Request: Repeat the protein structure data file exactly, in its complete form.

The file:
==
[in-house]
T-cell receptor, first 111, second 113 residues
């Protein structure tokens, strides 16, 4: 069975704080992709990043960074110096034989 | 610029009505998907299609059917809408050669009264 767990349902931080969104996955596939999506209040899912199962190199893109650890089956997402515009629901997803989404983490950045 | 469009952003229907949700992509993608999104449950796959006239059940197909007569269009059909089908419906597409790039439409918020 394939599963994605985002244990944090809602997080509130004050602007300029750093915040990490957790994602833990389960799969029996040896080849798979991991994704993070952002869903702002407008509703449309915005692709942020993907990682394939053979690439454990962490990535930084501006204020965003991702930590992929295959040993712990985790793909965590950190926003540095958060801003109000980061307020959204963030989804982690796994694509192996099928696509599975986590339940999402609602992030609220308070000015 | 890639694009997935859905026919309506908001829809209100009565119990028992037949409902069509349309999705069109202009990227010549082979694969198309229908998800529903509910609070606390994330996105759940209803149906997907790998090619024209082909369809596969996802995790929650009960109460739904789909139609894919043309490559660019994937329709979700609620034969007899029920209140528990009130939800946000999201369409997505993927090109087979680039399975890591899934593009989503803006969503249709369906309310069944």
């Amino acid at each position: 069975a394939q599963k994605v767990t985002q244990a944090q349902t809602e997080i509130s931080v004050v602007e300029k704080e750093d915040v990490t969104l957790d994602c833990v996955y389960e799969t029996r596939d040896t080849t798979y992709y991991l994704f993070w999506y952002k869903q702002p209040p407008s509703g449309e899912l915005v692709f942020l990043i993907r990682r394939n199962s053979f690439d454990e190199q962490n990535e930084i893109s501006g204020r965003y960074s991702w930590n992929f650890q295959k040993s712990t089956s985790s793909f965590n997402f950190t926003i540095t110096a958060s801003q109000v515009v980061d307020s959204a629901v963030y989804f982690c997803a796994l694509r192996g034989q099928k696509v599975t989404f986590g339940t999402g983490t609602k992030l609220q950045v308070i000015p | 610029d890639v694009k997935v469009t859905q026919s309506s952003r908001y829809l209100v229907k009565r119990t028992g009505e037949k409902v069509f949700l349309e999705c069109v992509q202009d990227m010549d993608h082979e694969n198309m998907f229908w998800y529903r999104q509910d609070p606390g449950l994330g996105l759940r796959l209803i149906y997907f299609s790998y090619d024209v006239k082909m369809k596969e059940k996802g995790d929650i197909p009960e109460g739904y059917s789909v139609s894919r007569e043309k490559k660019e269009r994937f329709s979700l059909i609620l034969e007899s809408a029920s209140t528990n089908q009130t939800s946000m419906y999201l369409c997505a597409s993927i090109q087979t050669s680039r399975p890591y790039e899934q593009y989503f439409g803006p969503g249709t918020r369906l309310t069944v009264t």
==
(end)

[in-house]
T-cell receptor, first 111, second 113 residues
């Protein structure tokens, strides 16, 4: 069975704080992709990043960074110096034989 | 610029009505998907299609059917809408050669009264 767990349902931080969104996955596939999506209040899912199962190199893109650890089956997402515009629901997803989404983490950045 | 469009952003229907949700992509993608999104449950796959006239059940197909007569269009059909089908419906597409790039439409918020 394939599963994605985002244990944090809602997080509130004050602007300029750093915040990490957790994602833990389960799969029996040896080849798979991991994704993070952002869903702002407008509703449309915005692709942020993907990682394939053979690439454990962490990535930084501006204020965003991702930590992929295959040993712990985790793909965590950190926003540095958060801003109000980061307020959204963030989804982690796994694509192996099928696509599975986590339940999402609602992030609220308070000015 | 890639694009997935859905026919309506908001829809209100009565119990028992037949409902069509349309999705069109202009990227010549082979694969198309229908998800529903509910609070606390994330996105759940209803149906997907790998090619024209082909369809596969996802995790929650009960109460739904789909139609894919043309490559660019994937329709979700609620034969007899029920209140528990009130939800946000999201369409997505993927090109087979680039399975890591899934593009989503803006969503249709369906309310069944």
């Amino acid at each position: 069975a394939q599963k994605v767990t985002q244990a944090q349902t809602e997080i509130s931080v004050v602007e300029k704080e750093d915040v990490t969104l957790d994602c833990v996955y389960e799969t029996r596939d040896t080849t798979y992709y991991l994704f993070w999506y952002k869903q702002p209040p407008s509703g449309e899912l915005v692709f942020l990043i993907r990682r394939n199962s053979f690439d454990e190199q962490n990535e930084i893109s501006g204020r965003y960074s991702w930590n992929f650890q295959k040993s712990t089956s985790s793909f965590n997402f950190t926003i540095t110096a958060s801003q109000v515009v980061d307020s959204a629901v963030y989804f982690c997803a796994l694509r192996g034989q099928k696509v599975t989404f986590g339940t999402g983490t609602k992030l609220q950045v308070i000015p | 610029d890639v694009k997935v469009t859905q026919s309506s952003r908001y829809l209100v229907k009565r119990t028992g009505e037949k409902v069509f949700l349309e999705c069109v992509q202009d990227m010549d993608h082979e694969n198309m998907f229908w998800y529903r999104q509910d609070p606390g449950l994330g996105l759940r796959l209803i149906y997907f299609s790998y090619d024209v006239k082909m369809k596969e059940k996802g995790d929650i197909p009960e109460g739904y059917s789909v139609s894919r007569e043309k490559k660019e269009r994937f329709s979700l059909i609620l034969e007899s809408a029920s209140t528990n089908q009130t939800s946000m419906y999201l369409c997505a597409s993927i090109q087979t050669s680039r399975p890591y790039e899934q593009y989503f439409g803006p969503g249709t918020r369906l309310t069944v009264t």